Classical Music
Classical Home
Classical Music Playlists
WKSU 3 Classical Channel
Crain's Cleveland

On AirNewsClassical
WKSU Support
Funding for WKSU is made possible in part through support from the following businesses and organizations.


Hennes Paynter Communications

For more information on how your company or organization can support WKSU, download the WKSU Media Kit.

(WKSU Media Kit PDF icon )

Donate Your Vehicle to WKSU

Programs Schedule Make A Pledge Member BenefitsFAQ/HelpContact Us

London Street Piano

About a year ago I wrote here, more or less in passing, about London’s street pianos. Thirty-one they were, scattered round public places and provided complete with laminated songbooks.

This spring, they’ll be back – and at the same time, the Play Me I’m Yours project will also cross the ocean and invade New York.

Play Me I’m Yours is an installation, but you might say it’s also random performance art. It’s the creation of artist Luke Jerramo, whose other works include a plant orchestra at Cambridge Botanical Gardens – amplifying the sounds plants make as they take up moisture – and the acoustic wind pavilion Aeolus , soon to be sited on UK hilltops.

New York’s street piano adventure is to be carried out by the New York based artists’ activism group, Sing for Hope. Sixty public pianos will be available for anyone to play in public parks, streets and plazas from 21 June to 5 July (2010).

Further reading:

Street Pianos website

Sing for Hope website

Share This Entry:
  • Facebook
  • Twitter
  • Google Bookmarks
  • e-mail
  • Tumblr
  • Reddit
  • StumbleUpon

4 Responses to “Playing the Streets”

  1. TheCelebrityCafe Says:

    I can not wait to see people playing the piano in the park. Sharing melodies with the rest is the best way to get harmony.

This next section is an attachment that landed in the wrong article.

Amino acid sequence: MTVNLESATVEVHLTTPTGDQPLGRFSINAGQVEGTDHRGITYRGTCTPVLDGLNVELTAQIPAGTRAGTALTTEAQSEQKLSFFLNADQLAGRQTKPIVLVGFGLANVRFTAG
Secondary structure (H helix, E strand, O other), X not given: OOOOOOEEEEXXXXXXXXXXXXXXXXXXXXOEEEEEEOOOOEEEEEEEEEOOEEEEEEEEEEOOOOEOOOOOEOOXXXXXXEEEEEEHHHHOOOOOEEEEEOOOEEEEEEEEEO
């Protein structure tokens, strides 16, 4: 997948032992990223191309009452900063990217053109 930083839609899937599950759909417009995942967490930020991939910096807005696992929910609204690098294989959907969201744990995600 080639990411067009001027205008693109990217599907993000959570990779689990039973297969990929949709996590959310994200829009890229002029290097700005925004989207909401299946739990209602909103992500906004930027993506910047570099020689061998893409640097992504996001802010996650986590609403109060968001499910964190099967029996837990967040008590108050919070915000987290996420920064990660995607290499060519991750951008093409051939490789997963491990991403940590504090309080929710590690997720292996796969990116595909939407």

2. Phil Says:

    I honestly can’t think of anything more irritating. It’s not that the music won’t be very good, but it’s that this project essentially makes unsuspecting passersby a captive audience. With an offensive painting or sculpture, one can simply look away. In the case of music, can you “listen away” if you don’t like it? It’s a little rude to impose noise on people who may not want it.

  3. David Roden Says:

    Oh, I can think of MANY more irritating things. :-)

    Seriously, I see your point, but this has to be better than the boom boxes that used to infest the streets of most American cities a couple of decades ago.

    Really, it doesn’t strike me as much different from the street busking you see all over Europe during the fine weather.

    How about South Korea’s advertising dancers, gyrating to a sound system blasting rock on street corners?

    Or even just their stores and street vendors, calling attention to themselves with loud music and loud PA systems.

    I haven’t been to China yet, but I hear it’s pretty noisy too.

    But this is real people making live, impromptu music on the streets. I’m all for it.

  4. sasha lazard Says:

    I can think of a lot more irritating things too.

    I saw the pianos around town last year and heard people playing beautiful music.

Leave a Reply


Copyright © 2015 WKSU Public Radio, All Rights Reserved.

In Partnership With:

NPR PRI Kent State University

listen in windows media format listen in realplayer format Car Talk Hosts: Tom & Ray Magliozzi Fresh Air Host: Terry Gross A Service of Kent State University 89.7 WKSU | NPR.Classical.Other smart stuff. NPR Senior Correspondent: Noah Adams Living on Earth Host: Steve Curwood 89.7 WKSU | NPR.Classical.Other smart stuff. A Service of Kent State University